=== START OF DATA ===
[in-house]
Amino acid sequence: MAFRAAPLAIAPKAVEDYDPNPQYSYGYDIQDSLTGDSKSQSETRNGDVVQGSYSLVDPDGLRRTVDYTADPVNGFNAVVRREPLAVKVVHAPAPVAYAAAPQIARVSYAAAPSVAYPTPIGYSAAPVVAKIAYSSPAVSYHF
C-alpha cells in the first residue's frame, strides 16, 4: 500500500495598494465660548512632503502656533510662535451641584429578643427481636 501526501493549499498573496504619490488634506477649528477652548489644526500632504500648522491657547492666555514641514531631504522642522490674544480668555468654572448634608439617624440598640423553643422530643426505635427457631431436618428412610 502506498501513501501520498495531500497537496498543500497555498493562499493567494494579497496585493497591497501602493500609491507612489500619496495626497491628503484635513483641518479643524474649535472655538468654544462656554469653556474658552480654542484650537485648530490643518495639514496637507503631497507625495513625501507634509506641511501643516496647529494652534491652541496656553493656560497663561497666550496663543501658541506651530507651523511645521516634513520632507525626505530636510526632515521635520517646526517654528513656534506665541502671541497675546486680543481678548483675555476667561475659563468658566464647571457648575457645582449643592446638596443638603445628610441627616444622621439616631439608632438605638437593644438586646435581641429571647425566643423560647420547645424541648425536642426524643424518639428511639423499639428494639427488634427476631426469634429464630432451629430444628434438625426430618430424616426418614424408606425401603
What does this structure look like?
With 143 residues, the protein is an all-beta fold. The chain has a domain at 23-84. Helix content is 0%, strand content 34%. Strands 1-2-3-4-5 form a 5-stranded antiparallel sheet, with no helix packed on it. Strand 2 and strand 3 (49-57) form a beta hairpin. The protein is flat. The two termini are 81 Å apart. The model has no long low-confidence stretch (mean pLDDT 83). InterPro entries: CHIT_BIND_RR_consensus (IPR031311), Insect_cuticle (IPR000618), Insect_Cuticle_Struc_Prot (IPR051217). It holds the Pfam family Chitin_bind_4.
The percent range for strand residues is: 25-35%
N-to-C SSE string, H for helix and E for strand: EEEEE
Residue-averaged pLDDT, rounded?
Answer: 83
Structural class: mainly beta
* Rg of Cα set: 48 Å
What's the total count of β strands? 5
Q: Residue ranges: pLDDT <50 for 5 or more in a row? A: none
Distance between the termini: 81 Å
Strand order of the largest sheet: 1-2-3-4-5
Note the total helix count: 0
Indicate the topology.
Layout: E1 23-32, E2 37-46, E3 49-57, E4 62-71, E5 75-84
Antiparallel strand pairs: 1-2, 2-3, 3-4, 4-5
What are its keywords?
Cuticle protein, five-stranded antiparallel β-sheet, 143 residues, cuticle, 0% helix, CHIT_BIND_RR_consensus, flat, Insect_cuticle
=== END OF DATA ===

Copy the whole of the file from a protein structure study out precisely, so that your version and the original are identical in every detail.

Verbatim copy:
[in-house]
Amino acid sequence: MAFRAAPLAIAPKAVEDYDPNPQYSYGYDIQDSLTGDSKSQSETRNGDVVQGSYSLVDPDGLRRTVDYTADPVNGFNAVVRREPLAVKVVHAPAPVAYAAAPQIARVSYAAAPSVAYPTPIGYSAAPVVAKIAYSSPAVSYHF
C-alpha cells in the first residue's frame, strides 16, 4: 500500500495598494465660548512632503502656533510662535451641584429578643427481636 501526501493549499498573496504619490488634506477649528477652548489644526500632504500648522491657547492666555514641514531631504522642522490674544480668555468654572448634608439617624440598640423553643422530643426505635427457631431436618428412610 502506498501513501501520498495531500497537496498543500497555498493562499493567494494579497496585493497591497501602493500609491507612489500619496495626497491628503484635513483641518479643524474649535472655538468654544462656554469653556474658552480654542484650537485648530490643518495639514496637507503631497507625495513625501507634509506641511501643516496647529494652534491652541496656553493656560497663561497666550496663543501658541506651530507651523511645521516634513520632507525626505530636510526632515521635520517646526517654528513656534506665541502671541497675546486680543481678548483675555476667561475659563468658566464647571457648575457645582449643592446638596443638603445628610441627616444622621439616631439608632438605638437593644438586646435581641429571647425566643423560647420547645424541648425536642426524643424518639428511639423499639428494639427488634427476631426469634429464630432451629430444628434438625426430618430424616426418614424408606425401603
What does this structure look like?
With 143 residues, the protein is an all-beta fold. The chain has a domain at 23-84. Helix content is 0%, strand content 34%. Strands 1-2-3-4-5 form a 5-stranded antiparallel sheet, with no helix packed on it. Strand 2 and strand 3 (49-57) form a beta hairpin. The protein is flat. The two termini are 81 Å apart. The model has no long low-confidence stretch (mean pLDDT 83). InterPro entries: CHIT_BIND_RR_consensus (IPR031311), Insect_cuticle (IPR000618), Insect_Cuticle_Struc_Prot (IPR051217). It holds the Pfam family Chitin_bind_4.
The percent range for strand residues is: 25-35%
N-to-C SSE string, H for helix and E for strand: EEEEE
Residue-averaged pLDDT, rounded?
Answer: 83
Structural class: mainly beta
* Rg of Cα set: 48 Å
What's the total count of β strands? 5
Q: Residue ranges: pLDDT <50 for 5 or more in a row? A: none
Distance between the termini: 81 Å
Strand order of the largest sheet: 1-2-3-4-5
Note the total helix count: 0
Indicate the topology.
Layout: E1 23-32, E2 37-46, E3 49-57, E4 62-71, E5 75-84
Antiparallel strand pairs: 1-2, 2-3, 3-4, 4-5
What are its keywords?
Cuticle protein, five-stranded antiparallel β-sheet, 143 residues, cuticle, 0% helix, CHIT_BIND_RR_consensus, flat, Insect_cuticle